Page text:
Oh, My Little Toe – Pratyahara and Dhyana as Yoga

Pratyahara is the fifth of the eight limbs of yoga. It can be translated as withdrawal or control of the senses. When we engage the practice of pratyahara, we bring our focus from the world outside – the sights and sounds and smells around us – to that which is inside. Dhyana is the sixth limb; it is concentration, or the focusing of the mind on a single point.

We’ve all had experiences of engaging pratyahara and dhyana without consciously thinking about what we were doing. A great example can be found in memories of bath time as a child. If you were like me, there were times that you laid back in the bath, closing your eyes and submerging everything but your nose into the water. With eyes closed and ears filled with the warm water, sounds become muted and there is nothing to see. The water, at near body temperature and covering you all over reduces sensation of touch. With the nose resting just above the water and occupied only with breathing, smell recedes into the background. In this quiet cave of water, you could focus on one idea or one sensation easily. I loved doing this as a child. It made me feel so easy, happy, peaceful, and rested. I would probably do it now if I had a bigger bath and less cranky joints!

As adults, maybe you have fewer times when this happens naturally. The call of things outside is strong. There are phones ringing and emails binging. Every environment is full of visual stimulation. We feel a near constant pressure to respond to the individuals around us (even virtually around). The past and the future encroach upon the now with the memories of what has occurred (and assessments of each event) and the plans for future happenings. But, we can still engage these practices.

Withdrawal of the senses can be partly accomplished through manipulation of physical surroundings: turning off the phone and computer, finding a quiet place to be, using ear plug and/or an eye mask. This might then allow us the space to engage that single point of concentration. Or, sometimes, we can do both together, by focusing our mind on very simple things, such as a comfortable body part.

Rarely do most of us think about the parts of the body that feel comfortable. We know intimately the parts that hurt. We can describe pain clearly and with a multitude of fine degrees of difference. But, when a particular body part is just comfortable, just at ease, we tend to ignore it. We then miss the feeling of comfort and ease, and we deny ourselves a chance to calmly focus on a sensation that isn’t arousing, but calming.

Baby Toes

Image from Sabianmaggy on Flickr

In a recent class, I asked students sitting in guided meditation to think about a body part that was comfortable. As we sat with no shoes on, I suggested the little toe on the left foot (or the earlobe on the right ear). I asked my students to try to direct their minds to that toe, seeing what the body was feeling there. Later, when we were processing the meditation, everyone agreed that this way of focusing on a single, comfortable body part had helped them to draw in and to focus their minds.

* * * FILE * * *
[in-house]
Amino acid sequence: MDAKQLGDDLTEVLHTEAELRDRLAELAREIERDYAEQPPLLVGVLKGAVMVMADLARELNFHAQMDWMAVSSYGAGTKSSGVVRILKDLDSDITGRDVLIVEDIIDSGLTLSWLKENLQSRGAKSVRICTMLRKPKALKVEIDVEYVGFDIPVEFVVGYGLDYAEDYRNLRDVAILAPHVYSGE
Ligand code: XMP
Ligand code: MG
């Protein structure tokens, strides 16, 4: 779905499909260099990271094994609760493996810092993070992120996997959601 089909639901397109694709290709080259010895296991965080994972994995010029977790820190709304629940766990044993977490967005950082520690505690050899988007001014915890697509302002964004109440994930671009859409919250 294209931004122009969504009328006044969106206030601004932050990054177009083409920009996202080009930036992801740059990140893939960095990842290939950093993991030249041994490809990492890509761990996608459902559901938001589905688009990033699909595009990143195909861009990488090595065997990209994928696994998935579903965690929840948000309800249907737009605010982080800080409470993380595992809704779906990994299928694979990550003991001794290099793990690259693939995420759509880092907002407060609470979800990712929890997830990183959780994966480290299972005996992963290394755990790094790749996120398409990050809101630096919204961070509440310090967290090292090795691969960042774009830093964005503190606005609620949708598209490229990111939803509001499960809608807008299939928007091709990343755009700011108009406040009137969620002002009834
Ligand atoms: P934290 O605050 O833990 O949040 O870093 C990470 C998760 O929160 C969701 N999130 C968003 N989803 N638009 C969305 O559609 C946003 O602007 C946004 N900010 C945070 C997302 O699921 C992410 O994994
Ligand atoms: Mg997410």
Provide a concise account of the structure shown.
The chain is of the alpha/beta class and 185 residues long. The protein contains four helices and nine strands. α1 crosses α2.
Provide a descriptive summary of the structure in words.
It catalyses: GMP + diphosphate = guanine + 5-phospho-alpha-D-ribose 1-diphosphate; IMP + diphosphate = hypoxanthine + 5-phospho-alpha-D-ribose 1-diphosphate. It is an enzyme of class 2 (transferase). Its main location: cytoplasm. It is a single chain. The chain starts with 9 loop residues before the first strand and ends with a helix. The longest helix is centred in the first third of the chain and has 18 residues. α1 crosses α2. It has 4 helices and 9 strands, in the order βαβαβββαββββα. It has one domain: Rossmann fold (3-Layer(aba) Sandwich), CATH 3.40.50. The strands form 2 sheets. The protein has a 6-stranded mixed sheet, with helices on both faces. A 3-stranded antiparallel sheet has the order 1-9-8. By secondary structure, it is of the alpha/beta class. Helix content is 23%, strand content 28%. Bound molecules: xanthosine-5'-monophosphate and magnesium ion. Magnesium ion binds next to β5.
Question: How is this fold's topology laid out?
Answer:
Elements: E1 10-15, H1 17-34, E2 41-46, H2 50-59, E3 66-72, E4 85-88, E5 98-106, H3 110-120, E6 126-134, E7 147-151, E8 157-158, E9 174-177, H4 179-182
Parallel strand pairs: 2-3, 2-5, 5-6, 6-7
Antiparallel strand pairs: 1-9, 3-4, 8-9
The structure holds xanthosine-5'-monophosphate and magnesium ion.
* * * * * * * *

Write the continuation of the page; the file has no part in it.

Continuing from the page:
So, perhaps the next time that you find your mind a whirl and feel that sensation of being drawn in a 1000 directions at once by the things in your environment calling to you, sit down and think about your little toe. Who knows where it might lead you…

Namaste,
L

Free

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4 Responses to Oh, My Little Toe – Pratyahara and Dhyana as Yoga

  1. Love this. One of the reasons I was excited about doing these topics was because I knew they would be broken down into personal explanations. I learn much from individual interpretations in bite-sized portions like a blog. I think these could be explored endlessly.

    And I love your imagery of sinking into the tub with the childmind.

  2. During one of the very first yoga class I taught, I invited the students to gently press their ears shut during savasana so they could really tune into their breath. For me, I really enjoy that feeling of withdrawal from external auditory stimuli, especially while swimming, when I put in my ear plugs and the rest of the world disappears. Having nothing but my breath to listen to keeps me focused and less distracted from all the other splashy-splashy going on around me in the pool!

  3. Rash says:

    “Rarely do most of us think about the parts of the body that feel comfortable. We know intimately the parts that hurt. We can describe pain clearly and with a multitude of fine degrees of difference. But, when a particular body part is just comfortable, just at ease, we tend to ignore it. ”

    But isn’t it human nature, even “life nature” that the squeaky wheel gets the oil? Or, is it not that there’s pain, but the fact that there is “something” for us to focus on? Even if something feels good, we notice the absence of something going on, which I guess means that we’re still focusing on something.

    Just a couple of train-of-thought questions. I’m new at this.:-)

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